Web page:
Disorderly Eating

eating_disorder_triathlon_athletesYesterday morning I was perusing through Twitter when I cam across Lindsay’s Tweet that said Running On Empty and it had a link.  Being ever so curious and knowing Lindsay’s posts are informative about nutrition I couldn’t wait to read.  I must have ignored the fact that it came from Runner’s World.

What I read left me thinking and scratching my head.  This wasn’t an article about how to run while your glycogen stores were depleted.  This wasn’t about how to convert fat to energy and train your body to do so efficiently.  No this article was about the obsessive mentality of weight and running.  We have all read about how we are faster when we are lighter.  We pay attention to what we eat, sometimes to when we eat and even more so for some how much we eat.

I am not a calorie counter.  I tried it for a few days and it didn’t work for me.  Hated the time it took to look up food and get the numbers.  Plus I was thinking to myself what is the point?  Just step on the scale and see what happened then adjust from there.

I have tried food logs and until this very week I have been terrible at it.  This week I am keeping a food log so that I can display on my Frugal Grocer post what I bought and what I made.

What I did do and continue to do is get on the scale.  I don’t get on the scale once a day.  I get on the scale multiple times a day.  I am obsessed with changes in my weight and what causes them.  Sometimes to the point of ridiculous and I have to laugh at myself.  I can tell you that my clothes (jeans, t-shirts, socks) weigh approximately 3.4 pounds.  If I wear sneakers on the scale too you can make that 5 lbs.  I started to figure out the weight of my clothes because if I forgot to weight myself in the morning I was not going to strip all the way down…..call me lazy but doing the math was easier.

Now I tend to fluctuate in a 3 lb range (144-147 lbs) unless I am one month out from a race.  For a race I want to weigh approximately 140 lbs.  That has become a magical number for me because I always feel my strongest at that weight and have seen my performance peak at that weight.  Approximately 4 weeks out from a race I can be seen weighing ~145 lbs and this is on purpose.  I know I can lose 1 lb per week leading up to a race without any decrease in my ability. Losing 1 pound is a matter of math and removal of the emotion. I say it is a matter of math because it comes down to a deficit of 500 calories per day.  Over the course of a week that is 3500 calories or 1 lb.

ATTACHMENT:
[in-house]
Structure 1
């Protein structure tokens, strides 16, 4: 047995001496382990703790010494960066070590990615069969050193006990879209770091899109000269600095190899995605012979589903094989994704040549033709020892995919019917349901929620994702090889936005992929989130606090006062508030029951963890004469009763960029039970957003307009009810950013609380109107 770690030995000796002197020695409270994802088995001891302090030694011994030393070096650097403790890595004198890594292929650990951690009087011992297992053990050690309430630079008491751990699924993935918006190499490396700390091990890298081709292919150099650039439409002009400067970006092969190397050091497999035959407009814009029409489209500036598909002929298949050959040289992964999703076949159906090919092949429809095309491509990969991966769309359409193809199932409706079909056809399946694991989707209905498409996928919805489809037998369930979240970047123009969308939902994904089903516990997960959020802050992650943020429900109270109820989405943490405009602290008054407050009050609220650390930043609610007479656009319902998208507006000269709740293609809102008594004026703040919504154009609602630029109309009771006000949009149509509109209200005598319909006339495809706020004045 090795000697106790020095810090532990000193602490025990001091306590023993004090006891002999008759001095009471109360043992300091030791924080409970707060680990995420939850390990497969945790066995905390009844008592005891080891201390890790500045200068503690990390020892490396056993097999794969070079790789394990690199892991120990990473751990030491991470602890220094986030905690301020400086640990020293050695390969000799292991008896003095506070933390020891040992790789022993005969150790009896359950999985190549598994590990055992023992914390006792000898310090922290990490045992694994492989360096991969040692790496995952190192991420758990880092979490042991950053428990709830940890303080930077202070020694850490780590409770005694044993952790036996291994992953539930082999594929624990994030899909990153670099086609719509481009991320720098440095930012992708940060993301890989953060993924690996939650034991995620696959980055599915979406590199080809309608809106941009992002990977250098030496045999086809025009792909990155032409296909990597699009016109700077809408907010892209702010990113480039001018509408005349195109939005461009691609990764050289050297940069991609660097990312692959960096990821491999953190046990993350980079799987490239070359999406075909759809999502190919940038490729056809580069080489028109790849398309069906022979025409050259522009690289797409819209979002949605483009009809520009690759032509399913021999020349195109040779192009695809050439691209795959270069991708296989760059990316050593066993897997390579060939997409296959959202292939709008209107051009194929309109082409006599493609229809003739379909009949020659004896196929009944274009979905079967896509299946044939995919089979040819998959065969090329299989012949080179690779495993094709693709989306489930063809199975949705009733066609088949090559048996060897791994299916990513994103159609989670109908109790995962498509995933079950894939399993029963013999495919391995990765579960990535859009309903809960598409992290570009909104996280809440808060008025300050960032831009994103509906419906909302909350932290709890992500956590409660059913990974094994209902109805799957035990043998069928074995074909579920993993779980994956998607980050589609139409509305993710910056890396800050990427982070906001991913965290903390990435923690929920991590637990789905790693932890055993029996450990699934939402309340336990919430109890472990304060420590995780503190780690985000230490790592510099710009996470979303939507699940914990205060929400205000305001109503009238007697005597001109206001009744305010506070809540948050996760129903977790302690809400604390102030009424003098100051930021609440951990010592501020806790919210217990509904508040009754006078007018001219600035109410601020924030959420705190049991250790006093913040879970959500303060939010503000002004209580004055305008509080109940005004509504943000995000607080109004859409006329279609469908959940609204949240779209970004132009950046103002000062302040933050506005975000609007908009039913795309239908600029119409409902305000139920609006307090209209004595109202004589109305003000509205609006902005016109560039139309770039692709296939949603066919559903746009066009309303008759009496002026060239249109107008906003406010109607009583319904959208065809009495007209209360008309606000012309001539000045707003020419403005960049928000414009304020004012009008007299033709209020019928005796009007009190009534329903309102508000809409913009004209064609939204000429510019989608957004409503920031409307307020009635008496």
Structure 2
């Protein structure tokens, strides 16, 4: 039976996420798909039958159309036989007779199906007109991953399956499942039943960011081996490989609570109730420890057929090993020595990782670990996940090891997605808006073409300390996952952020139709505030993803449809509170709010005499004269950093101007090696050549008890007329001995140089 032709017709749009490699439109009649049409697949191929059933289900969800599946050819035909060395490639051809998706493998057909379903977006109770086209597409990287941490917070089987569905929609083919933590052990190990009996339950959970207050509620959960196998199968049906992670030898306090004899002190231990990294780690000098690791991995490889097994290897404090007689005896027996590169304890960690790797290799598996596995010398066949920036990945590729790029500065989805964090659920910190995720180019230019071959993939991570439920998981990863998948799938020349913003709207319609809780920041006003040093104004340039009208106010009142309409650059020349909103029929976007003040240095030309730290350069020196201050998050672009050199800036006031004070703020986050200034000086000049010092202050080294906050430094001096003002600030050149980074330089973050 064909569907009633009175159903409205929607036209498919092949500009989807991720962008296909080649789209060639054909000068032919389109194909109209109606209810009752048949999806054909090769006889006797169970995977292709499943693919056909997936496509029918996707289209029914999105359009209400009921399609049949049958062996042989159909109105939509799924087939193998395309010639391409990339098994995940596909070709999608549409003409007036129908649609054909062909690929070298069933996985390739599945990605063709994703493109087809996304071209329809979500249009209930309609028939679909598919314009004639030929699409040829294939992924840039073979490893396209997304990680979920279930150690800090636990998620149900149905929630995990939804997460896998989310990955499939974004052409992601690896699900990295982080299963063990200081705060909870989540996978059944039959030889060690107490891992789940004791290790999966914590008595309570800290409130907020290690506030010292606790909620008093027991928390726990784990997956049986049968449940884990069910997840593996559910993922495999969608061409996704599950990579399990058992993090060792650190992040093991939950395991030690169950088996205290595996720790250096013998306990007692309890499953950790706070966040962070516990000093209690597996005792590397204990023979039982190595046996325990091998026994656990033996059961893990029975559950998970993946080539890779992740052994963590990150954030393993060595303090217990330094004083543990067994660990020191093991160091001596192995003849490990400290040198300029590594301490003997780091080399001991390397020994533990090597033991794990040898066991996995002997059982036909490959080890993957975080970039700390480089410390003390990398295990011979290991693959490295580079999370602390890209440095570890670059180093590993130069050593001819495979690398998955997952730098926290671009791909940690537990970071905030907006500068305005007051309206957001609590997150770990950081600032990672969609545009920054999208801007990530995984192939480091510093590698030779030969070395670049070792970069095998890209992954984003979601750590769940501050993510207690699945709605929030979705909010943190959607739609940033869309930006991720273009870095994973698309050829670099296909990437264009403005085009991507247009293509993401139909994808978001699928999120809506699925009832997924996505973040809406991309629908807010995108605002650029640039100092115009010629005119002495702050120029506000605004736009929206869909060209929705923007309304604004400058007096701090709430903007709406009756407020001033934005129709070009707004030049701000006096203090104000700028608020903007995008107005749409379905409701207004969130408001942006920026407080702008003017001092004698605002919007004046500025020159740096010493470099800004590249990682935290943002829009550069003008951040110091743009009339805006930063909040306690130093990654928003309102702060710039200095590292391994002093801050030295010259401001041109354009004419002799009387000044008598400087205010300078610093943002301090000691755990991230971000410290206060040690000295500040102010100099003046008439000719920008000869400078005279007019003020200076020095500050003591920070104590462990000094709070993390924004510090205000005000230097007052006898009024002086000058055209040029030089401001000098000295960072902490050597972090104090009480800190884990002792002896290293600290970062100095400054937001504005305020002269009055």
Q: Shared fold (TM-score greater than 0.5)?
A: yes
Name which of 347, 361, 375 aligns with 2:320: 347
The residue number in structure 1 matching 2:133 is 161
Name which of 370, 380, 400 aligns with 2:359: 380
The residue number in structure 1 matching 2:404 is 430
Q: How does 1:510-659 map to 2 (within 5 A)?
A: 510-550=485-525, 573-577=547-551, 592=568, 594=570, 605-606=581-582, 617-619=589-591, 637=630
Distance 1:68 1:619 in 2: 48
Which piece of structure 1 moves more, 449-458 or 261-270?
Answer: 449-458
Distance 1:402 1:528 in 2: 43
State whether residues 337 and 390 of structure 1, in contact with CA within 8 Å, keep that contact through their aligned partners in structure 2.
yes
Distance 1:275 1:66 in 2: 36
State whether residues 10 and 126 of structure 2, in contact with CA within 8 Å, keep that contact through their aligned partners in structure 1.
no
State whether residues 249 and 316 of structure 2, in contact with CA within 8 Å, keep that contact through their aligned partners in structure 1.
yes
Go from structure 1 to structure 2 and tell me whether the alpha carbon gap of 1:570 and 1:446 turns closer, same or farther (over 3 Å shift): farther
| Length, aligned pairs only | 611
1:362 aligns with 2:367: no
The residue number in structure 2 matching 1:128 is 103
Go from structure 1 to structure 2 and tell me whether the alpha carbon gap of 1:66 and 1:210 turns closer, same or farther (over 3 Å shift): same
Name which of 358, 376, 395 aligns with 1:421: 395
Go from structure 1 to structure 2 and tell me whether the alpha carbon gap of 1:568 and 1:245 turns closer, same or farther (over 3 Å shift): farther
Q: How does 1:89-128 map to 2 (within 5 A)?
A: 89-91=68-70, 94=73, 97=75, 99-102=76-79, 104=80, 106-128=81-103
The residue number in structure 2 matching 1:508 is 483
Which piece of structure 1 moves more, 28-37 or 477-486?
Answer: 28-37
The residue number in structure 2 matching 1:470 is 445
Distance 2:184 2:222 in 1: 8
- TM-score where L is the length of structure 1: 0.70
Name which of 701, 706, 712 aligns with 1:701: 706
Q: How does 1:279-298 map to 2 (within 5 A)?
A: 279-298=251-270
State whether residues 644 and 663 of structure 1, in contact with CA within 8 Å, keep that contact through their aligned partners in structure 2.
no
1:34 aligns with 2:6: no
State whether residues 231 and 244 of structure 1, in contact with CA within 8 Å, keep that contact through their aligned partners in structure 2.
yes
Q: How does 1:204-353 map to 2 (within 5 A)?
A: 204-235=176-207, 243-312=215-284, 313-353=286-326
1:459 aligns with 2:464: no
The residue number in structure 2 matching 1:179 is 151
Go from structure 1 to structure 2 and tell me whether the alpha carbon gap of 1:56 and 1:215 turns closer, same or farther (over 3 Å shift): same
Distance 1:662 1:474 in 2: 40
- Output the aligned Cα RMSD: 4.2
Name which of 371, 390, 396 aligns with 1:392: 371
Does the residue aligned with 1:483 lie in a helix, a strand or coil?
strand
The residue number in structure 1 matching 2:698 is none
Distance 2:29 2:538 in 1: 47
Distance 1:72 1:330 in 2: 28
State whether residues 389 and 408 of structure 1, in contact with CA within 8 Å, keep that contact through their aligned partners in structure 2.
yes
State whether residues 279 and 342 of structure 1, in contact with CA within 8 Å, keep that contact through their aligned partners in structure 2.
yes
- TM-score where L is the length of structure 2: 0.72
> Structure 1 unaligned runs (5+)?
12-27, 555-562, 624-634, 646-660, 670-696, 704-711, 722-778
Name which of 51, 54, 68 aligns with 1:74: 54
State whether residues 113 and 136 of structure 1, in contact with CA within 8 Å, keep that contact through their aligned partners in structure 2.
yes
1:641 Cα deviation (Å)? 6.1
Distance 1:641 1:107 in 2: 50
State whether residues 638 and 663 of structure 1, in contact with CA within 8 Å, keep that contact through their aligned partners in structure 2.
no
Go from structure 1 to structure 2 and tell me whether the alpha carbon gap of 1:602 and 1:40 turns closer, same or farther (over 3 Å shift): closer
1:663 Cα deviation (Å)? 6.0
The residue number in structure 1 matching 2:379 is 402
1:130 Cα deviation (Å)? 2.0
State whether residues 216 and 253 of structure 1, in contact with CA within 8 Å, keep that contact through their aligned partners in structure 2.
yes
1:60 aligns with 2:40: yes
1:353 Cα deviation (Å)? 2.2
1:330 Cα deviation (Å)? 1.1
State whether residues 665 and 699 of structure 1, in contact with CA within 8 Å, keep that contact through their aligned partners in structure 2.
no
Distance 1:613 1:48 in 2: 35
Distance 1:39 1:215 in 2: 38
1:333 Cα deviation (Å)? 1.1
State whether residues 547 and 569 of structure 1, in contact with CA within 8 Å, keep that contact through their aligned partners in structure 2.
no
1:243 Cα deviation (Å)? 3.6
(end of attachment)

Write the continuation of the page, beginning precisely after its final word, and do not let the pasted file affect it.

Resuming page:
What I don’t do is beat myself up if at the end of the week I am not down a full pound.  These things happen and I just need to focus more on my hunger queues and make smarter decisions.  Last week there were 3 Vegan cupcakes left on the counter (I am less than a month out from 70.3 San Juan) and I was hungry.  I ate one and it was so good that I ate another, then I ate the last.  Yup, all 3 in one sitting.  Did I feel guilty and beat myself up over that?  Nope, I just said to myself…..’Self, there are no more cupcakes so no more temptation.  Good job at getting rid of those tempting treats and now tomorrow do better.’  I have done better and on Wednesday morning when I weighed myself I was at 143.4 pounds.  3.4 pounds to lose in 25 days or a little over three weeks.

There will be people who read this post and say that I obsess too much over my weight and knowing what my clothes weigh is a sign of that. Maybe they are right, but what I know about myself is that I don’t eat to eat nor do I starve myself. I don’t count calories and I have a healthy relationship with food.
I enjoy cooking and eating, as evidenced by the title of the blog. I get in the kitchen and I sample as I cook. I make sure that it tastes good and then I eat it. What I don’t do is eat with excuses. I don’t say only this once or never again because I don’t restrict myself. I focus on my body telling me its hungry rather than the emotion telling me its hungry.

As a matter of fact the article has a link to a quiz to test your relationship with food. I answered True to only 1 question on this quiz and that told me that I enjoy eating balanced, healthy meals and don’t sweat the occasional splurges.

When you read this article I think you can see the difference between disorderly eating and what I do. This article points out compulsive workouts and well because of my OCD I only do what coach prescribes. I hired her to do a job because she can do it better than I can and I will leave that to the experts. My training year is planned out and we follow along and make adjustments as needed but otherwise when I get my schedule on Saturday night I stick to it.


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  1. Jen says:

    I couldn’t access the link for some reason but I will tell you, that I’m *finally* kinda finding a normal relationship with food.

    I will always have to be aware of what and why I am eating because in the past I have self-soothed, medicated and used food for comfort. While I strive to be normal and balanced I know that I always have the potential to abuse it. I have been a food binger and a food restricter.

    Running has helped me to find balance with everything in my life, including my relationship with food.

    I try to no longer tie so much emotion to it “I’m good if I ate healthy” or “I’m bad if i ate a cookie” – the guilt can really undo you.

    Thanks for an interesting post!
    Jen recently posted..Saying goodbye to your toxic friendsMy Profile

  2. BDD says:

    Probably the biggest thing I hear from endurance athletes regarding this is “I train so hard, yet I am gaining weight, I thought I would lose weight” It all come down to what they chose to eat and how much. Alot of articles and info out there, but one would think this shouldnt be that complicated